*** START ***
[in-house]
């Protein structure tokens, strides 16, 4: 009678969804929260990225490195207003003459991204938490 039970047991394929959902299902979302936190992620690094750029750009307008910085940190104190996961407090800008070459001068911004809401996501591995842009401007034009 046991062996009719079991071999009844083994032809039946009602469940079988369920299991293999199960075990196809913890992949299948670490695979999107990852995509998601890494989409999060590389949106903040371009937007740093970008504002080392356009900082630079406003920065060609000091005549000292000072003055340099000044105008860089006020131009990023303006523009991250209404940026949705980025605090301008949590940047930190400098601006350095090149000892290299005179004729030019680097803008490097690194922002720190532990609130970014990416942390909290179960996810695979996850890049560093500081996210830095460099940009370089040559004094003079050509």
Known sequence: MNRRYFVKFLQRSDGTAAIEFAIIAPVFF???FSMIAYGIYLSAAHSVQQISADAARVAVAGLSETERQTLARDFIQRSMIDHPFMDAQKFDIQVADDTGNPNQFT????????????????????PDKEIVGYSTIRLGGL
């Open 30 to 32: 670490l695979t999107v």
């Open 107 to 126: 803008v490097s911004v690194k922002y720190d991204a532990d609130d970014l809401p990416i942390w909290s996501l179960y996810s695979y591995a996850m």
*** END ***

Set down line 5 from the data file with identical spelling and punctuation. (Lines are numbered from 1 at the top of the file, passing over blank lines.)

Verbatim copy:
């Open 107 to 126: 803008v490097s911004v690194k922002y720190d991204a532990d609130d970014l809401p990416i942390w909290s996501l179960y996810s695979y591995a996850m």